I am about to embark on a router lathe with an oscillating facility, posts will follow as it progresses. I like making pretty things, but most of my clients just want a nicer wardrobe.

As it seems with every one else, do let us see what you can do with it :-) Gemma xx
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post #6 of 47 (permalink) Old 05-04-2011, 05:48 PM
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Way to go, Mark! I, too, would be concerned about the rigidity of the slides you've chosen especially if heavy cuts were made, but nevertheless it is an excellent and ingenious solution you'e arrived at. My own experience of using industrial cast-iron pin routers is that they generally have a much deeper swan neck and so can handle larger pieces, but I concede that it is difficult to see how that could be achieved in timber

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Have you thought of building some kind of safety guard for it?
From my own commercial experience I'd say that industrial overhead routers are one of the most difficult machines to guard adequately, fortunately they are normally used in conjunction with a workholding jig and template rather than freehand and it is the design of the jig which allows for same use. Almost all the conventional guards I've used or seen either limit visibility of impede easy working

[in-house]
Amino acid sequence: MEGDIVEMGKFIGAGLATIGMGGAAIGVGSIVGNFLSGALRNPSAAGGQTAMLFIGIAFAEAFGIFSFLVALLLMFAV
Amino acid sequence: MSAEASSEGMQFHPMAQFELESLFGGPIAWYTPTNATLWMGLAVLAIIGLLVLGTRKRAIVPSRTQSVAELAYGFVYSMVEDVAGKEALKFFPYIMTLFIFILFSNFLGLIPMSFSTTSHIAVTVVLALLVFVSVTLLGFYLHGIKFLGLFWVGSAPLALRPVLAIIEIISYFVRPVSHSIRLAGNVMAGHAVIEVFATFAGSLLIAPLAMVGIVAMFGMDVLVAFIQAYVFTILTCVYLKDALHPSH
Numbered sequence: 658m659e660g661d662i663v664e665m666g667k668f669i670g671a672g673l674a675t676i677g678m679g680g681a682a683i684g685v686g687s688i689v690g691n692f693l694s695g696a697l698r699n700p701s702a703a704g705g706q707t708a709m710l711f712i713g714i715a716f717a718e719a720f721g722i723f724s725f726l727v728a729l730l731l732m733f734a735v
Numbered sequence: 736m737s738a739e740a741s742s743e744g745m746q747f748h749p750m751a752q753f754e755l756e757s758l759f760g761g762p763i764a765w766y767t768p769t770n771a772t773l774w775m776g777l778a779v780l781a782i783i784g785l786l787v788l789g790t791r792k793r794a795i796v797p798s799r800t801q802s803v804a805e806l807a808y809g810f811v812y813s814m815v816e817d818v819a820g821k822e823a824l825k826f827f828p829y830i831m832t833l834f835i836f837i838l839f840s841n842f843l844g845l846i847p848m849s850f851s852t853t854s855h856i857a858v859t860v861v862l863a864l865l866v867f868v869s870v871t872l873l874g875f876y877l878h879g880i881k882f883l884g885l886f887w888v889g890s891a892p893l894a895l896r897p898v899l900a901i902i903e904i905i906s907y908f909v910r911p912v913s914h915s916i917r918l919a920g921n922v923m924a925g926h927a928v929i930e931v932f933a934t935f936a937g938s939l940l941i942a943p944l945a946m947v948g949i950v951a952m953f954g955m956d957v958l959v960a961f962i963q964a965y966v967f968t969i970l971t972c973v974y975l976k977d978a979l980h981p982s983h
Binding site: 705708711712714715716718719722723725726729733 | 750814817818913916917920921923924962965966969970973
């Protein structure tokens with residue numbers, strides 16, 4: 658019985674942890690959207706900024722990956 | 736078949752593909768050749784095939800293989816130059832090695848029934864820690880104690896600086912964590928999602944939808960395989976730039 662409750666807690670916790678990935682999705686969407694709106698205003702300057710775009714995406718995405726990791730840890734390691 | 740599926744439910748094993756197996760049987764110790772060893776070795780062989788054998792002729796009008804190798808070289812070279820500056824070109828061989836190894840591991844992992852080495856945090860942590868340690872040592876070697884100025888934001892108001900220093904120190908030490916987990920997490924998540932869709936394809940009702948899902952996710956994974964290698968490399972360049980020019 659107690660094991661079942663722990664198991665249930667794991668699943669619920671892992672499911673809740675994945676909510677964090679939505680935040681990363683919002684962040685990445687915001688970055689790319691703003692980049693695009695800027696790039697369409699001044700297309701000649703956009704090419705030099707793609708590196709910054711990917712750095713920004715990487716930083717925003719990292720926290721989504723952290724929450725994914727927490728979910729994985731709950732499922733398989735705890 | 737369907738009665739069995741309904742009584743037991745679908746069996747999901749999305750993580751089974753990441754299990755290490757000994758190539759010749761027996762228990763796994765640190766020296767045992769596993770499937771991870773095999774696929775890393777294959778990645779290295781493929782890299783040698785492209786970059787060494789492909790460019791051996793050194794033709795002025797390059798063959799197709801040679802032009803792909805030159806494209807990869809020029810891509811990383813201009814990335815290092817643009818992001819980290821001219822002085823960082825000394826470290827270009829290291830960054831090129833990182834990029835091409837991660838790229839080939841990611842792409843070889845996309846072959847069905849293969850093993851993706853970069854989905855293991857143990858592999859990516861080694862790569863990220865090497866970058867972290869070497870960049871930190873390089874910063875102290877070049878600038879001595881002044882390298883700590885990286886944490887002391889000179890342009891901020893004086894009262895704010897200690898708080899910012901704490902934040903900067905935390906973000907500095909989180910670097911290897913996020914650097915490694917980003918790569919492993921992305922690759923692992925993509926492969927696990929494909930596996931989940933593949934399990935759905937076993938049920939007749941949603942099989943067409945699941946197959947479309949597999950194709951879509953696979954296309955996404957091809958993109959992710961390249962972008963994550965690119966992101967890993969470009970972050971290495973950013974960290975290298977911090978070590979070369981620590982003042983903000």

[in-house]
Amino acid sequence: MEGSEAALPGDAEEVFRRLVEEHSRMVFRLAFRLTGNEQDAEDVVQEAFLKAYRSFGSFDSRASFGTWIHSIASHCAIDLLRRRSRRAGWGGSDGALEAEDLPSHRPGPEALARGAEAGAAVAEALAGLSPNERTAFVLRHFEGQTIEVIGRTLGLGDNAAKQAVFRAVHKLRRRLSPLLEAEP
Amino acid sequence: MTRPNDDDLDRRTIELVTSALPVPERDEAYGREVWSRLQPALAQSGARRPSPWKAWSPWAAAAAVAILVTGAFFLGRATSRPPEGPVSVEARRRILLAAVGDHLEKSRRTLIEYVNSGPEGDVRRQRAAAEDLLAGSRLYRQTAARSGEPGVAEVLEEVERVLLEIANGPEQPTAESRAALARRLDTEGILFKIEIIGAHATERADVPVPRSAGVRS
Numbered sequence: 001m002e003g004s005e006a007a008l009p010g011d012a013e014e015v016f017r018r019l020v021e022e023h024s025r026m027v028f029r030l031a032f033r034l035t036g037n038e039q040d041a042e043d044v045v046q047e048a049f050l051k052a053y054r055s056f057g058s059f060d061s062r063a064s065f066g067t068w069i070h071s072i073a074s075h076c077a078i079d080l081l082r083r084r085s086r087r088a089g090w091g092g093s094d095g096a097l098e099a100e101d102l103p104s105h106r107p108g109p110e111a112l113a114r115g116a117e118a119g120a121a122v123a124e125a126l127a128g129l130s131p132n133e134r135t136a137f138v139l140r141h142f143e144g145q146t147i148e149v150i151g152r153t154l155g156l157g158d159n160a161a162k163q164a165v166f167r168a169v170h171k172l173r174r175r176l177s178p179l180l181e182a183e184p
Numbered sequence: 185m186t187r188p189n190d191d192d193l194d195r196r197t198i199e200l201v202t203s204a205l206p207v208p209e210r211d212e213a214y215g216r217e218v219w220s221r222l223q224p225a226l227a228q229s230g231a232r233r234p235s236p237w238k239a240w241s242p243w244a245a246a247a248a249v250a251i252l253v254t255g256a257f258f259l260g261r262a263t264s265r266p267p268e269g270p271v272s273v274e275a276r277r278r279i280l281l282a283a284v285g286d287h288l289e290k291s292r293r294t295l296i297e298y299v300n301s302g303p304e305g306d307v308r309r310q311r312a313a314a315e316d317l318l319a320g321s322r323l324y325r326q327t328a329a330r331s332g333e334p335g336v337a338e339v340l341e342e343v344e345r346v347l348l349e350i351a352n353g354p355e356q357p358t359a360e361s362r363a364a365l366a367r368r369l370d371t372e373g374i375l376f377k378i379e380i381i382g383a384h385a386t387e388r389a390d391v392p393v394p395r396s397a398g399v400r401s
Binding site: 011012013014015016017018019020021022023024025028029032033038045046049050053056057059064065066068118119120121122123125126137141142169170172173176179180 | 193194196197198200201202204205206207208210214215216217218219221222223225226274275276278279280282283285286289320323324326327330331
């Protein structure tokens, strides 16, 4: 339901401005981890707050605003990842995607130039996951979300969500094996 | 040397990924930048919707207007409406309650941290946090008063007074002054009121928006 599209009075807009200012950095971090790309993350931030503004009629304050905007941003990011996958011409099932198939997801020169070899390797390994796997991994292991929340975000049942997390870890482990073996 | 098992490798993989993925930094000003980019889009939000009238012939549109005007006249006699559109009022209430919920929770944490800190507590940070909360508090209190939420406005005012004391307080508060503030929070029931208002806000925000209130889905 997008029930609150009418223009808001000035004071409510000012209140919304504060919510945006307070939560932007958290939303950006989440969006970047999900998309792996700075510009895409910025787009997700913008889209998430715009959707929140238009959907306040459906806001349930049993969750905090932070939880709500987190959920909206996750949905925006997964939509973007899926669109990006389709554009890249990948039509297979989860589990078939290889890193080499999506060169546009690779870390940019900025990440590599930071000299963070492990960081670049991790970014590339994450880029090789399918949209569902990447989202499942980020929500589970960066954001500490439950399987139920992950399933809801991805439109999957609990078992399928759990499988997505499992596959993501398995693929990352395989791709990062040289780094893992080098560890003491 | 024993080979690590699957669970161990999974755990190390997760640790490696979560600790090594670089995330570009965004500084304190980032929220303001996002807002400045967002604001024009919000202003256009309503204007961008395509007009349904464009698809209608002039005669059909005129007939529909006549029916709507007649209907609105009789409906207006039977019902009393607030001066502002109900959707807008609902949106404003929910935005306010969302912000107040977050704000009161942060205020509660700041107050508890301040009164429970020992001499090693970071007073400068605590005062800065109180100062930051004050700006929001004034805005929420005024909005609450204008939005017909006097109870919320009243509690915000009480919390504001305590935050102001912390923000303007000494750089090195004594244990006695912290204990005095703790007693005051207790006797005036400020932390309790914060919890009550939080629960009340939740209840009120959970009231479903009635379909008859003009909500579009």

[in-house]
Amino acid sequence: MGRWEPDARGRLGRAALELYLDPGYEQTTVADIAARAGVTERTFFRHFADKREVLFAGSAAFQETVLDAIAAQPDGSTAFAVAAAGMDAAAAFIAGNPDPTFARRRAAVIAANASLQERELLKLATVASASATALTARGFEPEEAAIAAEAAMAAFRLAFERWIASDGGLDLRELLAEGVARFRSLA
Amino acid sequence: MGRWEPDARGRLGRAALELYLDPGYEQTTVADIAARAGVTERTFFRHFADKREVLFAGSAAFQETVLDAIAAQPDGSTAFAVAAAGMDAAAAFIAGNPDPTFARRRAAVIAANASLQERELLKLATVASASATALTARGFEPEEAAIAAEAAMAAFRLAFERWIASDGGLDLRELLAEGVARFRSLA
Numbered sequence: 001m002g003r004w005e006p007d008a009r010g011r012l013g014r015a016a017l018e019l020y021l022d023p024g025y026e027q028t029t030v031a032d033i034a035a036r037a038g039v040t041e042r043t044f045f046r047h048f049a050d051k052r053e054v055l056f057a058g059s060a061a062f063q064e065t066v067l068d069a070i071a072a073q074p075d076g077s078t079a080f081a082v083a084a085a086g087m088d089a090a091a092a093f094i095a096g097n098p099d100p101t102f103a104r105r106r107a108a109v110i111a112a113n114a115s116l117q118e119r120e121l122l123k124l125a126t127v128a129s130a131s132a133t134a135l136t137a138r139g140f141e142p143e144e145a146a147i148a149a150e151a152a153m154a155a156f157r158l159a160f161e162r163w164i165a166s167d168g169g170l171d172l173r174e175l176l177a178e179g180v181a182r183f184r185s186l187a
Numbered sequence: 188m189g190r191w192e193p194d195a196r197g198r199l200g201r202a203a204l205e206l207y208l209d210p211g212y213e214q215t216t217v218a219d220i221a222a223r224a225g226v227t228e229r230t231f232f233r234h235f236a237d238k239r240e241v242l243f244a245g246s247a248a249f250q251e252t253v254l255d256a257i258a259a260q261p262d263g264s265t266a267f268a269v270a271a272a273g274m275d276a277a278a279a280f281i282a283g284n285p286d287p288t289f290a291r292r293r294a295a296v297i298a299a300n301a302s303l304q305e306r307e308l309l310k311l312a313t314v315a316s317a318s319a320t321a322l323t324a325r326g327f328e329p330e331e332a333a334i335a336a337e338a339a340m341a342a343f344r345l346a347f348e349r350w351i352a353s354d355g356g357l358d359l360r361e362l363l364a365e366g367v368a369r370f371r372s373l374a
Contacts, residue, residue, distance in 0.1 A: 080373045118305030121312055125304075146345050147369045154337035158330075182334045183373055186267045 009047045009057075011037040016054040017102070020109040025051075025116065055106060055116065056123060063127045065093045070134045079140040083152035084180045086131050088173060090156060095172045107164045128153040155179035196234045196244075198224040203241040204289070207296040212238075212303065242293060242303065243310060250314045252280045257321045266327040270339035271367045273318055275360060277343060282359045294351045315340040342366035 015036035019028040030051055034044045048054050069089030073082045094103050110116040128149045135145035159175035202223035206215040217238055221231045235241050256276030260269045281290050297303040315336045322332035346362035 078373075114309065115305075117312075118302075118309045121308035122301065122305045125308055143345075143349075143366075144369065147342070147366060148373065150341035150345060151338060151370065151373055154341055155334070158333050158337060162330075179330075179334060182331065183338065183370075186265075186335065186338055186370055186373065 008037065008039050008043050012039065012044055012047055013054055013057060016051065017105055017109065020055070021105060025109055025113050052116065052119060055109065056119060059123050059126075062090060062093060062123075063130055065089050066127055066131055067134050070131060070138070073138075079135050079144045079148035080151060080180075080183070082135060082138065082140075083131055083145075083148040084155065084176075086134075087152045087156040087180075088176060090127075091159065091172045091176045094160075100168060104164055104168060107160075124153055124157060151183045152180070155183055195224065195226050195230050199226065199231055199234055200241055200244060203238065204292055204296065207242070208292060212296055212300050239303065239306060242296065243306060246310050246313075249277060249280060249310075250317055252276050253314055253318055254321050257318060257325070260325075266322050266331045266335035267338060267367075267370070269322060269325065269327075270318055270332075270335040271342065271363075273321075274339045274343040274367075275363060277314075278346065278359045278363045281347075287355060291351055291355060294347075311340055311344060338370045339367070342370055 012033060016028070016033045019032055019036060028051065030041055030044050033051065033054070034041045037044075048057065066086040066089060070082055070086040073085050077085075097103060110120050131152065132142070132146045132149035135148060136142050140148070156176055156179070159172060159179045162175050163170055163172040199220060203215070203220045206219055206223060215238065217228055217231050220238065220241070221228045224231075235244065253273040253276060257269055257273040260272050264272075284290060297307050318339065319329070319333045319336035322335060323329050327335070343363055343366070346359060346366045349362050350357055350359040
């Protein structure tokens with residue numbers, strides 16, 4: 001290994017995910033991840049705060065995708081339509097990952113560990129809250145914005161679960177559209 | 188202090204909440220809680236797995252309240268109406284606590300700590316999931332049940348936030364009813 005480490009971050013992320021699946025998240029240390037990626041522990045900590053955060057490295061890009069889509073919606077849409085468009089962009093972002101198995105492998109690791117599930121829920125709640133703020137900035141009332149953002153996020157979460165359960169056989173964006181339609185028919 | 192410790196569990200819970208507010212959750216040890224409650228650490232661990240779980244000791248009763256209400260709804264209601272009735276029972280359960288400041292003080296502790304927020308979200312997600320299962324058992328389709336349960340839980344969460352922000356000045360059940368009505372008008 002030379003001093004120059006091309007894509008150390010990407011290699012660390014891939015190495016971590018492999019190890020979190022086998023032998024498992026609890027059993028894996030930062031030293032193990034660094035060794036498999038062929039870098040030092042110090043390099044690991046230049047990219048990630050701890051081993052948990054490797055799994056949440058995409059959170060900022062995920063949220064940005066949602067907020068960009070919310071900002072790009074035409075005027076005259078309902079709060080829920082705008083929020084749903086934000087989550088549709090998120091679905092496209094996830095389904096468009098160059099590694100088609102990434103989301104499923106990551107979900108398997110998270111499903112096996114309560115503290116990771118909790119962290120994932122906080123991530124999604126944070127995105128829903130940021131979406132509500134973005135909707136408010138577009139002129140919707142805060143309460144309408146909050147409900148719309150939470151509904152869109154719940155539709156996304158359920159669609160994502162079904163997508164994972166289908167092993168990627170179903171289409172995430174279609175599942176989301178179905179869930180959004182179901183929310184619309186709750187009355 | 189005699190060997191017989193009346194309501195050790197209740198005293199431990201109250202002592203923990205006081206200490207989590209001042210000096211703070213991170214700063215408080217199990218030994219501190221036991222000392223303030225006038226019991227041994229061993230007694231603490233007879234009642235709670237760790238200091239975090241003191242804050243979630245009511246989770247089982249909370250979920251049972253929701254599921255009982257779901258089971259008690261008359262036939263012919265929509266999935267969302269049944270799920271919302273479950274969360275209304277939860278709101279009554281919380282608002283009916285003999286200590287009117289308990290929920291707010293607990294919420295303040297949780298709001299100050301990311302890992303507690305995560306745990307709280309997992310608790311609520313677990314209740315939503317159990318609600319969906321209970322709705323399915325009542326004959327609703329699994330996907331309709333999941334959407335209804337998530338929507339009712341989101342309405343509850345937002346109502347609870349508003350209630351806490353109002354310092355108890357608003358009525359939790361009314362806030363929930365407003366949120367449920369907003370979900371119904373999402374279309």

Phil
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post #7 of 47 (permalink) Old 05-04-2011, 10:11 PM Thread Starter
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Thanks everyone!
To answer a couple questions;
Yes safety is always a concern but like Phil P explained it is hard to put safety devices on this. I do wear a face mask and anything I run through it is either attached to a jig or a sacrifice piece of wood to keep my hands away from danger.

Using Drawer slides was a last resort until I figured out a way to keep them tight. Everything else I tried was to sloppy or so tight it wouldn't move very well.

I included some pictures, I am not sure if you can understand what I did but here goes.
I started with 16" full extension guides. There are 3 tracks on the full extension which created to much play so I removed the smallest inner one and its bearings.
These 2 tracks are fairly tight but to tighten them a little more and keep them tight I tightly fitted a piece of hardwood into the inner track and fastened them with screws through the back.
Then when I mount them in the carriage on the machine the outer tracks are pinned between 2 pieces of wood so they can't flex at all. This tightened everything up and there is no play at all.
I am not sure if this makes sense but it works.
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post #8 of 47 (permalink) Old 05-04-2011, 10:37 PM
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That's pretty slick, Mark. I hope it works out well for you.

- Ralph
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post #9 of 47 (permalink) Old 05-09-2011, 10:06 AM
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Awesome Job Mark. Thanks for posting this.
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post #10 of 47 (permalink) Old 05-11-2011, 08:24 AM
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Super job! I have a Shop Smith Pin Router which I prefer to simply call it an "Overhead Router." I do little if any actual Pin Routing on my unit, I prefer it to simply replace my Table Router for most jobs. I often wonder why these Pint Routers are not more popular.
In any event, you did a super job on this project.